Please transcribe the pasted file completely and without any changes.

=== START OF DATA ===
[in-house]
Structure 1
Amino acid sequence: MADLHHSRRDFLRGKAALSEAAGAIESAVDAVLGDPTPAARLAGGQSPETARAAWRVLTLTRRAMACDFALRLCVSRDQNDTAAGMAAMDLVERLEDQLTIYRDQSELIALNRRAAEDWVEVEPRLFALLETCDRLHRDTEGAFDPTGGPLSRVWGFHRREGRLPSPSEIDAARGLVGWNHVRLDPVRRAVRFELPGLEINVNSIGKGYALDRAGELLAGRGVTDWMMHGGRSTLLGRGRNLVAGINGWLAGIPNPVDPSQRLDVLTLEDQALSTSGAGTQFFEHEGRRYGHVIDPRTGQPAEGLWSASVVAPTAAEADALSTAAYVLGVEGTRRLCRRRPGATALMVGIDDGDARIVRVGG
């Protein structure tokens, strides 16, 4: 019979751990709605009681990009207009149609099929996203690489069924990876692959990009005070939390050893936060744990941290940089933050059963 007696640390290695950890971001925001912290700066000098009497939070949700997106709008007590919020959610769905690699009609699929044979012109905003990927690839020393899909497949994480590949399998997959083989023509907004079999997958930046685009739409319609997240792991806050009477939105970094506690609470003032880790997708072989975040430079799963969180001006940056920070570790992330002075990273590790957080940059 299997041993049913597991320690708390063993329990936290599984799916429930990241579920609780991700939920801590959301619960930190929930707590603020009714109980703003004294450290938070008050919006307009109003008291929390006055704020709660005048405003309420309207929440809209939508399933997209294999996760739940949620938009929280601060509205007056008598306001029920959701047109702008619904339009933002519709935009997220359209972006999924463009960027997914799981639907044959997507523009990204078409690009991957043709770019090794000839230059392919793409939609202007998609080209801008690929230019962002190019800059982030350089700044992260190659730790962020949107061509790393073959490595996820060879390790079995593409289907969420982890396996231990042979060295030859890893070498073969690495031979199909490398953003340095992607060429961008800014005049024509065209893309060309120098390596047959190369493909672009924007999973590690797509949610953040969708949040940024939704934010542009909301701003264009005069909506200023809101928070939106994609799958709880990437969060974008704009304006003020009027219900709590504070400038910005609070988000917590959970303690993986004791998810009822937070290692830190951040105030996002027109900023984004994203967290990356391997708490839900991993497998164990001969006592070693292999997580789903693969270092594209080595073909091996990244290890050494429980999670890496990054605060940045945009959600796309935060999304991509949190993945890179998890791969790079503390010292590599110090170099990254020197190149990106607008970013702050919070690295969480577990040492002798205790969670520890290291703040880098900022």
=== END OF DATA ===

[in-house]
Structure 1
Amino acid sequence: MADLHHSRRDFLRGKAALSEAAGAIESAVDAVLGDPTPAARLAGGQSPETARAAWRVLTLTRRAMACDFALRLCVSRDQNDTAAGMAAMDLVERLEDQLTIYRDQSELIALNRRAAEDWVEVEPRLFALLETCDRLHRDTEGAFDPTGGPLSRVWGFHRREGRLPSPSEIDAARGLVGWNHVRLDPVRRAVRFELPGLEINVNSIGKGYALDRAGELLAGRGVTDWMMHGGRSTLLGRGRNLVAGINGWLAGIPNPVDPSQRLDVLTLEDQALSTSGAGTQFFEHEGRRYGHVIDPRTGQPAEGLWSASVVAPTAAEADALSTAAYVLGVEGTRRLCRRRPGATALMVGIDDGDARIVRVGG
């Protein structure tokens, strides 16, 4: 019979751990709605009681990009207009149609099929996203690489069924990876692959990009005070939390050893936060744990941290940089933050059963 007696640390290695950890971001925001912290700066000098009497939070949700997106709008007590919020959610769905690699009609699929044979012109905003990927690839020393899909497949994480590949399998997959083989023509907004079999997958930046685009739409319609997240792991806050009477939105970094506690609470003032880790997708072989975040430079799963969180001006940056920070570790992330002075990273590790957080940059 299997041993049913597991320690708390063993329990936290599984799916429930990241579920609780991700939920801590959301619960930190929930707590603020009714109980703003004294450290938070008050919006307009109003008291929390006055704020709660005048405003309420309207929440809209939508399933997209294999996760739940949620938009929280601060509205007056008598306001029920959701047109702008619904339009933002519709935009997220359209972006999924463009960027997914799981639907044959997507523009990204078409690009991957043709770019090794000839230059392919793409939609202007998609080209801008690929230019962002190019800059982030350089700044992260190659730790962020949107061509790393073959490595996820060879390790079995593409289907969420982890396996231990042979060295030859890893070498073969690495031979199909490398953003340095992607060429961008800014005049024509065209893309060309120098390596047959190369493909672009924007999973590690797509949610953040969708949040940024939704934010542009909301701003264009005069909506200023809101928070939106994609799958709880990437969060974008704009304006003020009027219900709590504070400038910005609070988000917590959970303690993986004791998810009822937070290692830190951040105030996002027109900023984004994203967290990356391997708490839900991993497998164990001969006592070693292999997580789903693969270092594209080595073909091996990244290890050494429980999670890496990054605060940045945009959600796309935060999304991509949190993945890179998890791969790079503390010292590599110090170099990254020197190149990106607008970013702050919070690295969480577990040492002798205790969670520890290291703040880098900022």